Echeveria runyonii 'Topsy Turvy'

Mexican Hen and Chicks


Echeveria runyonii ‘Topsy Turvy’ has dense stemless rosettes with powder-blue or grey leaves that curl back, giving it an unusual appearance. It produces salmon-pink flowers on long stems.

Attempting to make sense out of the many names of the species and hybrids of this popular super-genus seems to be an exercise in futility – there are so many variations, and so many nicknames!
What is important, though, is for us to issue a friendly word of warning to the gardener who is developing a liking for these succulents. If you start
collecting them, and learn how to propagate them, you are heading down a slippery slope, because the more you have, the more you want … Yes, plant obsessions do happen, and to the nicest of gardeners! It is the perfect construction and lovely texture of these plants that you initially fall in love with. When you hold a single rosette of the ordinary Echeveria elegans in your hands, you cannot but marvel at the mathematical genius and design skills behind its construction. The leaves are arranged neatly to form a symmetrical rosette reminiscent of an open rose. Each rosette is heavy and sturdy because the fleshy leaves store water, a characteristic that allows them to survive during periods of drought. Early every morning, the dewdrops gather at the heart of each rosette, looking like glistening pearls.
The colours of the leaves are generally ice-blue, dove-grey or pale green, but even E. elegans has variations in form and leaf colour, depending on growing conditions, and the colours are always more intense during autumn and spring.
A single plant can produce many ‘babies’ off its stem; they form perfect miniature rosettes that gradually grow larger and larger, eventually resting on the ground and detaching from the mother plant to grow on their own. When echeverias are planted in pots, the plump rosettes eventually hang over the rims – a lovely sight! They are ideal border plants for big beds; happily grow between stones in a rockery; are really pretty when planted en masse in rock and gravel gardens; and fill the hollows of concrete blocks in retaining walls with flair.
Do they bloom and when?
Flowering stems carrying bell-shaped structures rise above the leaves during spring and summer, and sometimes also during winter. The plants may flower repeatedly in different seasons.
Most suitable climate
Echeverias like warm temperate climates. Bitter cold and heavy frost kill them. However, gardeners in harsher climates need not lose out, because these plants are so at home and very attractive in containers – simply plant them in pots and keep them on a sheltered veranda or in a courtyard during the cold months.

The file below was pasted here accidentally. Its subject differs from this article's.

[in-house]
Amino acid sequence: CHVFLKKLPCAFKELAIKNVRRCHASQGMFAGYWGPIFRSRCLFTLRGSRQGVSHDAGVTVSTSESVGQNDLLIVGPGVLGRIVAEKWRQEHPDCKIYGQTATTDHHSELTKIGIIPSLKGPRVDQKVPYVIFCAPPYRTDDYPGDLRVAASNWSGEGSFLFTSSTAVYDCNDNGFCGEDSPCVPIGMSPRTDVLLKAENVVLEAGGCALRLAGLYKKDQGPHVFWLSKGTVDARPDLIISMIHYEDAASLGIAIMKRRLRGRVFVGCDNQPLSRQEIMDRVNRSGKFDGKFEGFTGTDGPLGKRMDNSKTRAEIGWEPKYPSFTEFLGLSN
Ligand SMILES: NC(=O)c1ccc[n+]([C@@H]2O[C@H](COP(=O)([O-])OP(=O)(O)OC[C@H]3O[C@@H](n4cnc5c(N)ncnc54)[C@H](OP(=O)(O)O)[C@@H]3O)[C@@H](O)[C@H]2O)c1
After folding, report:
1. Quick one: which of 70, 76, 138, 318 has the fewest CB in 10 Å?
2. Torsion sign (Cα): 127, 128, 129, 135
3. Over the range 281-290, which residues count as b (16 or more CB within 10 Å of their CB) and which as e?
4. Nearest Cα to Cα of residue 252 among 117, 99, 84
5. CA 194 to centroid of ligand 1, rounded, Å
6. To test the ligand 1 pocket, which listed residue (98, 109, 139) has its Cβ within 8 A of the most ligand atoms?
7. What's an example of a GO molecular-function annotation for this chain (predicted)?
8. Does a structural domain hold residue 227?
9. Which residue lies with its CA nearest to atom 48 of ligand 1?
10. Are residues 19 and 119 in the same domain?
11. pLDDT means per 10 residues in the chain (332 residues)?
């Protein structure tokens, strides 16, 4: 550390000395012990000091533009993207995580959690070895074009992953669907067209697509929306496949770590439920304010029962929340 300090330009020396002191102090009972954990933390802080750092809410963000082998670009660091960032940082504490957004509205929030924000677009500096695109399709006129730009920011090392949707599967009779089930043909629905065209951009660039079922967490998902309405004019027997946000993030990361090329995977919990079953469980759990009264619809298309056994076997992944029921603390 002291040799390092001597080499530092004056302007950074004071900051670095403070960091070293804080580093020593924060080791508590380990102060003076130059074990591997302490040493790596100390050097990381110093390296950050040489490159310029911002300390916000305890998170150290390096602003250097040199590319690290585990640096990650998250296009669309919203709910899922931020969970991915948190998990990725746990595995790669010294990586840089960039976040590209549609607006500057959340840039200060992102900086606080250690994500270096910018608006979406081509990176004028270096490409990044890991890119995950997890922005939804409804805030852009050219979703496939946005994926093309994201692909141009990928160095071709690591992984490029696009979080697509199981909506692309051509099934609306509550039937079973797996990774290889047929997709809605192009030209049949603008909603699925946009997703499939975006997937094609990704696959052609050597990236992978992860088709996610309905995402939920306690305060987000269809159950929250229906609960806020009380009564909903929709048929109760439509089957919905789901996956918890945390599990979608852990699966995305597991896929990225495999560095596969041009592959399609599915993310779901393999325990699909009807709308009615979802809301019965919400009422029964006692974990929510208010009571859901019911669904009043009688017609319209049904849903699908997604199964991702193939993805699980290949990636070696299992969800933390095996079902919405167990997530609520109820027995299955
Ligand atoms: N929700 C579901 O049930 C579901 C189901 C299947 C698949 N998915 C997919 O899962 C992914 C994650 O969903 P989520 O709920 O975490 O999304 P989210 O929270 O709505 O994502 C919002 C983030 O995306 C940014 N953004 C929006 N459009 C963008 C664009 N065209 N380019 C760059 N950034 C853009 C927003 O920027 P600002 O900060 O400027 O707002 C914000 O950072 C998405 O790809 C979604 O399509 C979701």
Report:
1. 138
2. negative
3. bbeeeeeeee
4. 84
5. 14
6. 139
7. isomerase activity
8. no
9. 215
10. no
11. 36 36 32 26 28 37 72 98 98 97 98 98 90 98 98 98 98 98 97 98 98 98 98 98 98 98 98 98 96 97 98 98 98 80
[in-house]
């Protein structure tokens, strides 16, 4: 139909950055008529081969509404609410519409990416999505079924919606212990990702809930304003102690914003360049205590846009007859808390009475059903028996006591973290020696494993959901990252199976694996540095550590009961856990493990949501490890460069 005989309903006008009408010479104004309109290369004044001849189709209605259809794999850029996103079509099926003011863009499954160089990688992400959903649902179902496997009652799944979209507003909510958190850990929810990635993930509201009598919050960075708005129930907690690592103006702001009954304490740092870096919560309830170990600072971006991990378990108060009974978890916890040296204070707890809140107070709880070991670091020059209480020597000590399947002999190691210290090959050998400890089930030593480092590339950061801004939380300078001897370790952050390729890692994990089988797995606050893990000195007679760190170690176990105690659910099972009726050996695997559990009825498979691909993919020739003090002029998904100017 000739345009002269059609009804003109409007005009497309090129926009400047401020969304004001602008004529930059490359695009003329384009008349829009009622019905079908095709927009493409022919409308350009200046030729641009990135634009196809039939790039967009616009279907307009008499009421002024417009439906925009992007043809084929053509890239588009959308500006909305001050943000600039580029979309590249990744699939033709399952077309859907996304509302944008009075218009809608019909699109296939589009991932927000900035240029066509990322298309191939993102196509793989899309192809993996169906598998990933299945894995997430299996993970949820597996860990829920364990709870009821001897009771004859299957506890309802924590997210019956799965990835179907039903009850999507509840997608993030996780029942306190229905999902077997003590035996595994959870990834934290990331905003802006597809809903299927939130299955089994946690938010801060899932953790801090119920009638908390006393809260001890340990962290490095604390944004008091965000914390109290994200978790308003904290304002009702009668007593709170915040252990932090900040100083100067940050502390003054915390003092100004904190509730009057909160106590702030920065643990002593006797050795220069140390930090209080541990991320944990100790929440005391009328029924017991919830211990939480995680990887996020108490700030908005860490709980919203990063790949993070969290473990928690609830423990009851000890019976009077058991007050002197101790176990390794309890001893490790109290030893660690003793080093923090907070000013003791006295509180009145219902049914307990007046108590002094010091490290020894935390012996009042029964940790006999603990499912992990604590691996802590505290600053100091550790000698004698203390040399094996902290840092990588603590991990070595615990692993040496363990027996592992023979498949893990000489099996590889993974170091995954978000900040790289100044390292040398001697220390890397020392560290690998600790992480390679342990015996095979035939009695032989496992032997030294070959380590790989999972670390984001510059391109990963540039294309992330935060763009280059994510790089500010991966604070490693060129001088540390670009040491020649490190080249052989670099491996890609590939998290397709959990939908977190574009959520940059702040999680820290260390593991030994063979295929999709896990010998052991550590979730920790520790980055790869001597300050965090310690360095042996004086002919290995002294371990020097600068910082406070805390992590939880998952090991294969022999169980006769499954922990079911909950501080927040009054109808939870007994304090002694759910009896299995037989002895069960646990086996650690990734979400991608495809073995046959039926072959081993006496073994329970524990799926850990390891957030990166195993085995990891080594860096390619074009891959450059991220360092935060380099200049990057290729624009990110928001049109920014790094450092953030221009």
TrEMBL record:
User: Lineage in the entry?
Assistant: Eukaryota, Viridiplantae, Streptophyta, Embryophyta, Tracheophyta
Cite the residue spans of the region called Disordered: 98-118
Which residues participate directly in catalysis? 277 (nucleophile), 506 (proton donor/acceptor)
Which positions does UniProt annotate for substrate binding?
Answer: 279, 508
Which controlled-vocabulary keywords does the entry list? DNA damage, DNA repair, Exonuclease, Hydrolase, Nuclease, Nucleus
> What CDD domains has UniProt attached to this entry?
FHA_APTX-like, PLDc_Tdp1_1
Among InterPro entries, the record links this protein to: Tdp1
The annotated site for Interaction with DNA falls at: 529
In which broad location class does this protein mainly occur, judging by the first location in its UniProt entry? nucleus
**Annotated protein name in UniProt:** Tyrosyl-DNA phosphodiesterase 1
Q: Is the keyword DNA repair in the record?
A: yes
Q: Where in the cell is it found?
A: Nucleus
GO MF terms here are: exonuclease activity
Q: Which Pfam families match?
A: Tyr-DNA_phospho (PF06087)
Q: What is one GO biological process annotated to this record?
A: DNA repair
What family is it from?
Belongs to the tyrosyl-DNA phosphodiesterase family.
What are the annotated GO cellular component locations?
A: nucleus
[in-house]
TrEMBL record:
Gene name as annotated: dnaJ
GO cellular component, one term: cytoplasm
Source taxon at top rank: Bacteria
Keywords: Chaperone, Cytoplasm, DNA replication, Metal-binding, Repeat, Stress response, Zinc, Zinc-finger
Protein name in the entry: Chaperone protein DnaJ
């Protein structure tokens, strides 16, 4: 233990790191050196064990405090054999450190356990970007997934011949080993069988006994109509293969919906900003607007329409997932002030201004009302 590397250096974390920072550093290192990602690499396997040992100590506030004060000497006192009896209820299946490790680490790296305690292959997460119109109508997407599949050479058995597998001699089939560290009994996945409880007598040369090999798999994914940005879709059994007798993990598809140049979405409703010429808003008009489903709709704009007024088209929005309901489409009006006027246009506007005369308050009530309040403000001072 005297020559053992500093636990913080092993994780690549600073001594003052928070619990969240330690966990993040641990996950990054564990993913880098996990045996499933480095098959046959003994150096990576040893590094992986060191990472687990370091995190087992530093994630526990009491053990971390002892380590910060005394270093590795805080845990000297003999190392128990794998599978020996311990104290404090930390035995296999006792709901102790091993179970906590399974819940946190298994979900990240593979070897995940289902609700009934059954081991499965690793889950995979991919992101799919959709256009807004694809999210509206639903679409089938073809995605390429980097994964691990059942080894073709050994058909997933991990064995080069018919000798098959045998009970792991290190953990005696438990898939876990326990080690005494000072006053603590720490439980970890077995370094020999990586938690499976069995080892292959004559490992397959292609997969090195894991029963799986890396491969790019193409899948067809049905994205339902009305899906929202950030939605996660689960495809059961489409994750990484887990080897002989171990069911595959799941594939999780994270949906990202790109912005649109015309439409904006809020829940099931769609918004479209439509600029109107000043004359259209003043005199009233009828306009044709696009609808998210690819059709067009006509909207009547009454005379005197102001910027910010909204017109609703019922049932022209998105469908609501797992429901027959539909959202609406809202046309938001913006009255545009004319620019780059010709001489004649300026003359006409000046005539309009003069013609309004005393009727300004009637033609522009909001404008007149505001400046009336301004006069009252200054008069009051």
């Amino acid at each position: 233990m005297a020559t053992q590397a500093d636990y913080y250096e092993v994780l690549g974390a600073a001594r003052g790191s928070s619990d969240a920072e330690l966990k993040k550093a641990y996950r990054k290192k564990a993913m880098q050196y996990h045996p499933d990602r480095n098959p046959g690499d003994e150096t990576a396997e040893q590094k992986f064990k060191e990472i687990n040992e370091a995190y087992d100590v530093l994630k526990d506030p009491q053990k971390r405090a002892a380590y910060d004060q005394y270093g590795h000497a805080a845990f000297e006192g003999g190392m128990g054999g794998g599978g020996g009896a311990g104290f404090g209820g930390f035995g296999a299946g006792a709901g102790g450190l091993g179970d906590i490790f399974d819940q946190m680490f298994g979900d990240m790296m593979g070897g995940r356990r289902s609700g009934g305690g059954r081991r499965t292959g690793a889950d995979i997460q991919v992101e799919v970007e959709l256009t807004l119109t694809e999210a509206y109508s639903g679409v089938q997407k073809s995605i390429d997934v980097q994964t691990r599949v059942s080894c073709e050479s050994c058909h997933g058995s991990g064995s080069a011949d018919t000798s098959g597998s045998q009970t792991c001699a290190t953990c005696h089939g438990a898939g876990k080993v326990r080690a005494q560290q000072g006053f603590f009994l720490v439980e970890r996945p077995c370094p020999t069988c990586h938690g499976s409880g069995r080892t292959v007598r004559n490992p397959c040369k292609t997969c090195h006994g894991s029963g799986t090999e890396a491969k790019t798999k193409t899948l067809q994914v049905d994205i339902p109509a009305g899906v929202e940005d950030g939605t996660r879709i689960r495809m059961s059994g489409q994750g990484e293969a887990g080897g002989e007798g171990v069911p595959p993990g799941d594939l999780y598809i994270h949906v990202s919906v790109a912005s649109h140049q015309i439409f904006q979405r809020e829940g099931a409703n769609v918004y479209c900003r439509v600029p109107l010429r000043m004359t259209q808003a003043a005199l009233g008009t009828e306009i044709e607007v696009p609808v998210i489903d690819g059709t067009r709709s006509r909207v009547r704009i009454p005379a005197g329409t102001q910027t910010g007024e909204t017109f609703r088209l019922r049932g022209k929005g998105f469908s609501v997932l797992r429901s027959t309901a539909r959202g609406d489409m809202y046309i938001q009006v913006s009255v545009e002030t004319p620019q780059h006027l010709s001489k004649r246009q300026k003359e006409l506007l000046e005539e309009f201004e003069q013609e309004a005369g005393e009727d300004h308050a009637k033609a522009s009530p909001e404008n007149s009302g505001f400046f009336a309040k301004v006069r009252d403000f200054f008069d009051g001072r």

What they need
Location: full sun or light shade. Morning sun and afternoon shade – or vice versa – are also good.
Soil: sandy soil that drains very well, enriched with compost. Many nurseries stock a growing medium specifically formulated for growing succulents in pots.
Water: echeverias are low water consumers, but unlike other hardy succulents and cacti, they like to be watered regularly. They can also tolerate more rain than the others, but they may develop root diseases when conditions are too wet. This can be controlled with a fungicide.
Fertilizing: feed potted echeverias regularly using watersoluble fertilizer.
Hanging basket tricks
Vertical gardens or hanging gardens are important nowadays because gardens are so much smaller. Echeverias look good in window boxes and are ideal for low-maintenance hanging baskets. They don’t need as much water and attention as the plants that are used in the traditional high-maintenance springflowering hanging baskets that are so popular in Europe, so here where it’s warmer you can use them (and the members of the
Graptopetalum and Sempervirens genera) to create your own version of the Hanging Gardens of Babylon. This makes these plants a huge bonus for a busy balcony gardener with a yearning for a touch of green all year round.
Increase your stock
Patient gardeners can simply pull a few leaves from a rosette and place them on newspaper in a shallow box that is kept in the shade. Within a few weeks, bright pink roots will appear from the bases of the leaves and then they can be planted in little pots in a damp mixture for succulents. Only water them after a few days, once the roots have anchored. You can also remove individual rosettes from lush groups of plants and simply push the ends of the stems into the soil, where they will take root. The soil should be kept only slightly moist or these young plants will rot.
A propagation method that provides great pleasure, and has some décor value, is to place rosettes with short stems in the necks of empty glass bottles or old wine bottles (especially those made of blue glass) and display them on your windowsill. Don’t add any water – they have to be dry. Within a few weeks, roots will sprout from the eyes on the stems and then you can plant these ‘instant’ echeveria plants in pots, roots and all. While they are still displayed on your windowsill, you have serious bragging rights because all your visitors will take one look and start asking questions. And who knows, even a lifetime’s interest in gardening may begin for a youngster seeing a few simple echeveria cuttings taking root on your windowsill.
In a nutshell
* Plants to play with, for experienced and new gardeners.
* Good colour and texture contrasts for the fronts of beds.
* Interesting pot plants.
* Good for mass plantings.
* Water-wise in full sun and light shade.
The Gardener